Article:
Years later, when Omoumi needed a letter of introduction for a world music competition in Paris, Kassa’i wrote that Omoumi had “developed” the instrument.
“It was a very important confirmation of what I had done,” he said.
Omoumi also has designed ingenious tuning attachments for Iranian drums, including the goblet-shaped tombak, and the daf, a taut frame drum.
Persian classical music is organized into seven systems, called dastgah, within which there are 150 melodic patterns, with different “atmospheres.” Performers memorize melodies and scales, but improvise their own variations.
The ney is a particularly expressive instrument, with a whooshing, airy lower register — quite eerie in “The Sweet Hereafter” — and an upper register that rings with placid clarity. Unlike their Turkish neighbors, who also play the ney, Iranians achieve their low-register sound by placing the end of the flute directly into the mouth.
Omoumi demonstrated this technique, pointing to a cross-section picture of a human jaw on his chalkboard.
“I control the air with my tongue,” he explained, playing the same phrase with four or five different atmospheres, from sunny to stormy. He makes it all look easy, but one of his best students, Heather Carman, says some players struggle for weeks just to get a sound out of the instrument, much less a coherent phrase.
“It’s not an instrument for the faint of heart,” agrees Daniel Atkinson, another student.
But it is the voice, said Omoumi, not the flute, that reigns supreme in Persian classical music.
“The most important thing is the meaning of the poem,” he explained. “Even today, if you want to get the attention of the people, you start with one line of a poem. There are statues of the poets — Rumi, Sa’adie, Hafez — in the public square. This is very normal.”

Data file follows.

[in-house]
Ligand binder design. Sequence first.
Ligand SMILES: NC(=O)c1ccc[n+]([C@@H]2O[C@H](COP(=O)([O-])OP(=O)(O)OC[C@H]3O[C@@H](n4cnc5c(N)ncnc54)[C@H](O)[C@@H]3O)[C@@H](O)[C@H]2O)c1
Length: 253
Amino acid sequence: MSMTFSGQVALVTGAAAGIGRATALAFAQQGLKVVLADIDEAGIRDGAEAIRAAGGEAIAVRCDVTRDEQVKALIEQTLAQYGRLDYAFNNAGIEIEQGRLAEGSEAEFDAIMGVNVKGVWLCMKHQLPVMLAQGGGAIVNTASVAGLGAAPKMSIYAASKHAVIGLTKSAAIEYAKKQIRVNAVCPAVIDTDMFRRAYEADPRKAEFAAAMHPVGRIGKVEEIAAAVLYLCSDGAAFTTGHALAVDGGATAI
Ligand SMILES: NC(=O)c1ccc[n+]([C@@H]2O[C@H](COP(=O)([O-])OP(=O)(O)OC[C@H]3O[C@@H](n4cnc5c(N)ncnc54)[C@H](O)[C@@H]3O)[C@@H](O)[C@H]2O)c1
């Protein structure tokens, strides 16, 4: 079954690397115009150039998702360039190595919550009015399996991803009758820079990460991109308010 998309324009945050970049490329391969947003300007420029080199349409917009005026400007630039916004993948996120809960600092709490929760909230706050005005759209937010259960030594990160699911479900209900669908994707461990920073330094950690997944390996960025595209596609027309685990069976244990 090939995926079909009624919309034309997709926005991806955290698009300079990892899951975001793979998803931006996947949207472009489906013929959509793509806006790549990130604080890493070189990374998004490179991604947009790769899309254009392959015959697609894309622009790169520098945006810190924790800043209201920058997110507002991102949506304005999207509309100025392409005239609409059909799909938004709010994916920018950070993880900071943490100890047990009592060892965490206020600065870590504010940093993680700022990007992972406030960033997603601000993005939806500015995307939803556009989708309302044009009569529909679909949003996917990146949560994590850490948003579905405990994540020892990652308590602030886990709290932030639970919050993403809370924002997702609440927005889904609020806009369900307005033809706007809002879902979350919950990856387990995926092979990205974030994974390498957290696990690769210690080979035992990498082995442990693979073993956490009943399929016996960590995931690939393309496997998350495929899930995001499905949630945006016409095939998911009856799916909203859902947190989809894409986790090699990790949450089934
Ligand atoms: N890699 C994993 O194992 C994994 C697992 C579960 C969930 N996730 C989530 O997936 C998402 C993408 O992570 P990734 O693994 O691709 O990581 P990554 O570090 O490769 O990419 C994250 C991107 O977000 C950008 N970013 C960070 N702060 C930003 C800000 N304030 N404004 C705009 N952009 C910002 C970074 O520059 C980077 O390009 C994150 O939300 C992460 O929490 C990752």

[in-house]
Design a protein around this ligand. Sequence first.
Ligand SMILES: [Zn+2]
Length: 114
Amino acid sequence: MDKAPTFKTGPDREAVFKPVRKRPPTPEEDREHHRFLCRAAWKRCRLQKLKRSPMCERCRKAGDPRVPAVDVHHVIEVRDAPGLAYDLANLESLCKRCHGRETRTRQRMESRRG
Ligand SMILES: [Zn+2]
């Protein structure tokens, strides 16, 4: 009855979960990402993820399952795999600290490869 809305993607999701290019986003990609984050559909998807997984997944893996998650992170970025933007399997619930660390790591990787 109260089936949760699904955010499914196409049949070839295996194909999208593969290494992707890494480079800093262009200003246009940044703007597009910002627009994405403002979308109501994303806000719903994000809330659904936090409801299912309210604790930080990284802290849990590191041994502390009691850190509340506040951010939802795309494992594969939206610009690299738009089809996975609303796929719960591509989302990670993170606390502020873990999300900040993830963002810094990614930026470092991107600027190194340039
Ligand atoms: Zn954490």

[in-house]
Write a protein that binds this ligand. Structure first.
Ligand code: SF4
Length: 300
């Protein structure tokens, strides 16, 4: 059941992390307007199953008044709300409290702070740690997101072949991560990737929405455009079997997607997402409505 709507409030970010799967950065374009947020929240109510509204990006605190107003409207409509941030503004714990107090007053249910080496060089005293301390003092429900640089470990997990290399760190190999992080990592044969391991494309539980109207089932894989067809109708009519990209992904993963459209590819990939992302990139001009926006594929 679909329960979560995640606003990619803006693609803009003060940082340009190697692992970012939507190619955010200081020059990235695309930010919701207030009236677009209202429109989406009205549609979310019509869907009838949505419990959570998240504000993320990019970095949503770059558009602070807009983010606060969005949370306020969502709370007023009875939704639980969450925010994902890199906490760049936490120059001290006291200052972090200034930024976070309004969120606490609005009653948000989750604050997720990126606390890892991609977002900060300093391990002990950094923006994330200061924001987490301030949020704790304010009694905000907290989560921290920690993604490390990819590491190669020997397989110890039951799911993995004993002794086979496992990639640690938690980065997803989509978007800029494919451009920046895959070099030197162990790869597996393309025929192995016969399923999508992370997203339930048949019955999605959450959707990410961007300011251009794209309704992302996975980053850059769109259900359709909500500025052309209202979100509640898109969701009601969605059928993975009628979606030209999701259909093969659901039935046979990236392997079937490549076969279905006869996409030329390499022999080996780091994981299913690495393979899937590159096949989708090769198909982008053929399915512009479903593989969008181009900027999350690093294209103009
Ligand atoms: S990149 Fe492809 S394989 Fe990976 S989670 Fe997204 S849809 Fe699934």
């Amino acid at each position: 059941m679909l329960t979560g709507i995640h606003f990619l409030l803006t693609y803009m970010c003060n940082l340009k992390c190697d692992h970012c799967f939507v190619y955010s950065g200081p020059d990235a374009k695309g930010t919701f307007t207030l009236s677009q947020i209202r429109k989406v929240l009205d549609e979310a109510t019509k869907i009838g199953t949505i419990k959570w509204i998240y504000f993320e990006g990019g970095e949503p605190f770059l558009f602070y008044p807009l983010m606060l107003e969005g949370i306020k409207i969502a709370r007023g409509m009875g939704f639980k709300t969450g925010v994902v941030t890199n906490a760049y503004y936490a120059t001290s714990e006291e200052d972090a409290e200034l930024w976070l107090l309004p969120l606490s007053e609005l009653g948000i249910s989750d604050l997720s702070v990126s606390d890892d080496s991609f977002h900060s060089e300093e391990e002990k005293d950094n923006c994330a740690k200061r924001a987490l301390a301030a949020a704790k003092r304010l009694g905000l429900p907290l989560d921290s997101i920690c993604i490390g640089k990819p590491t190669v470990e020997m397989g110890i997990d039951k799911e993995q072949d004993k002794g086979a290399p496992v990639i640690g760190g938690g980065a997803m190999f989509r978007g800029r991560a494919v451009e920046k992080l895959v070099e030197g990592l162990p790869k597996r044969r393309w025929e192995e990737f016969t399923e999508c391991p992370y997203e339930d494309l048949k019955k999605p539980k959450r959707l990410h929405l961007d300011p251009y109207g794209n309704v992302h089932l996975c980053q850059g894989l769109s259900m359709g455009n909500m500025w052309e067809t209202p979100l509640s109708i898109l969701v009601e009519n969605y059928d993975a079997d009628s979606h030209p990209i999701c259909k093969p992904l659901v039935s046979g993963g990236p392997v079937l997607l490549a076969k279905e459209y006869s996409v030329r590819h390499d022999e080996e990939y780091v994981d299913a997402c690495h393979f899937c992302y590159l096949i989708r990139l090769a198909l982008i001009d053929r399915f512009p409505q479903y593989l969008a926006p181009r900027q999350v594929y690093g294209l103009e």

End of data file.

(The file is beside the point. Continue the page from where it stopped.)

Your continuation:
For Rumi, the music of the ney was like a metaphor for human life, ripped from its roots at birth, trying to find its way back. Though Rumi and the other 13th- and 14th-century poets of the classical era adhered to the Islamic tradition, Omoumi says these Sufi mystics saw music as a vehicle for achieving a state of spiritual transcendence.
“When you cut your philosophy off from religion, it goes up, it starts to fly, it goes to ecstasy,” he said.
At tonight’s concert, the program includes Rumi’s “Trance of Devotion,” as well as works by Hafez, Sa’adie and 20th-century poet Fereydun Moshiri.
Earlier this year, Omoumi and one of his students, Behruz Alavi, an engineer, founded the Haft Dastgah Association, a nonprofit organization to promote Persian classical poetry and music. Haft Dastgah offers private and group instruction, lectures and workshops. Omoumi also is developing a DVD to explain the complexities of Persian music, drawing on architectural analogies, such as comparing musical intervals to the heights of buildings.
Home base for Haft Dastgah is Seattle, where Omoumi just bought a house in the Maple Leaf neighborhood, near Sand Point
“Nature in this city is really fantastic,” he said. “I live on Capitol Hill now and you see a small house where the owner is not very rich, but there are flowers in front. Architecture is not only buildings. Environment is architecture and the culture of people make the architecture of the city.”
Paul de Barros: 206-464-3247 or email@example.com